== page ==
Reading Ann Morrisy’s Journeying Out has become a slow process; each page has something that needs to be pondered. Here is what she says on what being a Christian actually means.
“We have been seduced into believing that we can organize our lives around the pursuit of pleasure and leisure. We are the first generation in human history where this fantasy dominates to the extent that we assume such easy living is the norm. Thus we fail to recognize that for 99 per cent of human history, and for two-thirds of the world’s population, struggle is an essential motif. To eschew plenty and pleasure and actively pursue grief and hardship is clearly perverse. We cannot undo our context as citizens of wealthy, Western nations. However, those of us who do live comfortable lives, can, through our capacity for empathy, engage in struggle by proxy. This is what discipleship is all about.
The very notion of discipleship implies struggle; the notion that the world is in travail as it reaches for the fulfilment that God has promised also implies struggle. Furthermore, biologists tell us that for every species survival through the earthly evolutionary journey requires struggle. The avoidance of struggle has profound repercussions for our spirituality and theological understanding, for the hope of the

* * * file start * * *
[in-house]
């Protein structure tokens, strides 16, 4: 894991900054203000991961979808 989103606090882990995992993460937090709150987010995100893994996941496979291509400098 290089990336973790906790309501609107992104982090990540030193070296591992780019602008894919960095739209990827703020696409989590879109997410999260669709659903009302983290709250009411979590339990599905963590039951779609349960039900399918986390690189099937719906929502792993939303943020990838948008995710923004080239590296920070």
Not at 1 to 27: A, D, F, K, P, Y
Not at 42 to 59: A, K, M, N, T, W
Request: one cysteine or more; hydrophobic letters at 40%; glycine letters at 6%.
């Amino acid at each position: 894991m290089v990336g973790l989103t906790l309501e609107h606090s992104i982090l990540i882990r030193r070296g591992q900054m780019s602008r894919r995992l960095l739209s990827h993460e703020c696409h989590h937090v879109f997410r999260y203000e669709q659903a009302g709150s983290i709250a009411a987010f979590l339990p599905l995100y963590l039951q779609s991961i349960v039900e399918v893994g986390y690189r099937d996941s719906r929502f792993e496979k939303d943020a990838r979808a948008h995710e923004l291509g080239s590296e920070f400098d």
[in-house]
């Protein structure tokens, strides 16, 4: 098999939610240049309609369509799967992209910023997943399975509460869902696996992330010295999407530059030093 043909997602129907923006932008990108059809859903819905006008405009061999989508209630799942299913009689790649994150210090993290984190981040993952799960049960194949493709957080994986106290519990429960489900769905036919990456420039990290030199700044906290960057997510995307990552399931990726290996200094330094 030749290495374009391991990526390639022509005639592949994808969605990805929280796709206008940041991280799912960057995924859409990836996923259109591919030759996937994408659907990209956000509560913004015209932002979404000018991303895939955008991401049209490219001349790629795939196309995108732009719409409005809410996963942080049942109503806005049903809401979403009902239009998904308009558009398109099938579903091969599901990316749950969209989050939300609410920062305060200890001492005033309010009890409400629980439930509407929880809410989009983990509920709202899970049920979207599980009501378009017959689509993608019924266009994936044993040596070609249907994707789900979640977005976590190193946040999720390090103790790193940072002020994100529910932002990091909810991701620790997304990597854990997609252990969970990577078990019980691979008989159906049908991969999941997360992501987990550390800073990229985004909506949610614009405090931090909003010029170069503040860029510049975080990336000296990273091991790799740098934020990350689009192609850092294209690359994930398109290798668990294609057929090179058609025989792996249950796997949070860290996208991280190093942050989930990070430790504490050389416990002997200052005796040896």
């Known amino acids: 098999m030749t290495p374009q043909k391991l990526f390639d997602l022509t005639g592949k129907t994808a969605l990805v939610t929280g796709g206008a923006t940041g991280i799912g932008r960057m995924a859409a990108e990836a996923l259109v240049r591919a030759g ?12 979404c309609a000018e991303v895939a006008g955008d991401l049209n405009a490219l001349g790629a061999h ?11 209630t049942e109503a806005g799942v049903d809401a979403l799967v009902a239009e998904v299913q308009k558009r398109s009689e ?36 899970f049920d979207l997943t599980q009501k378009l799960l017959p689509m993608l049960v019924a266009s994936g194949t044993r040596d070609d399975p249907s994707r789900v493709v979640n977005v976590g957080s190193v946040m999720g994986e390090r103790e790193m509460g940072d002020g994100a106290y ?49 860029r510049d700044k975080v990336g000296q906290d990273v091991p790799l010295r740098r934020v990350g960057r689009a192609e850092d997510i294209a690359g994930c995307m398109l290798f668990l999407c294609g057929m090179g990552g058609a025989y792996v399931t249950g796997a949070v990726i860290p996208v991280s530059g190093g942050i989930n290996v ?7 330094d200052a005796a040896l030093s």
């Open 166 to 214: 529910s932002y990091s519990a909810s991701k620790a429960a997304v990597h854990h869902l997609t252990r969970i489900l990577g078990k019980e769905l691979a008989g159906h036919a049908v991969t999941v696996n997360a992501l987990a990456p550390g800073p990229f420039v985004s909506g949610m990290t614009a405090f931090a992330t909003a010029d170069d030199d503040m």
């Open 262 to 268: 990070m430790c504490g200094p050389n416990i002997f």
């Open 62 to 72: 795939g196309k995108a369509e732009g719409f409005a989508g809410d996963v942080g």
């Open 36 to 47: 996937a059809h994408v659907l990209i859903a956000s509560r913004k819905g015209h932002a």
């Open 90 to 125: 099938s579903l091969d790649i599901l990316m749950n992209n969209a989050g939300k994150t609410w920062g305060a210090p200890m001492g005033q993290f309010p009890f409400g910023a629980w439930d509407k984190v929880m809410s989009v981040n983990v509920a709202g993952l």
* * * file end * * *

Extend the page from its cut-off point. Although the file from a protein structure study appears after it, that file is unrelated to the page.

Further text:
on this earth and for the very survival of the species Homo sapiens. Kingdomof God
Given this centrality of struggle, our churches have a pastoral responsibility to provide structures that enable people to engage in struggle, or to use another code, to express the venturesome love that Karl Rahner suggests is at the heart of discipleship. Some minimal structure that enables active participation is essential if discipleship of the venturesome love kind is to be tangible and move beyond pious words and naïve optimism.
Morrisy seems to suggest that the way to build a stronger church is not to be accommodating to contemporary trends and fashions, but to make demands upon people, to make it clear that we are about grim realities and there will be no gentle Jesus meek and mild and no pleasant platitudes. I wonder what the reaction would be in most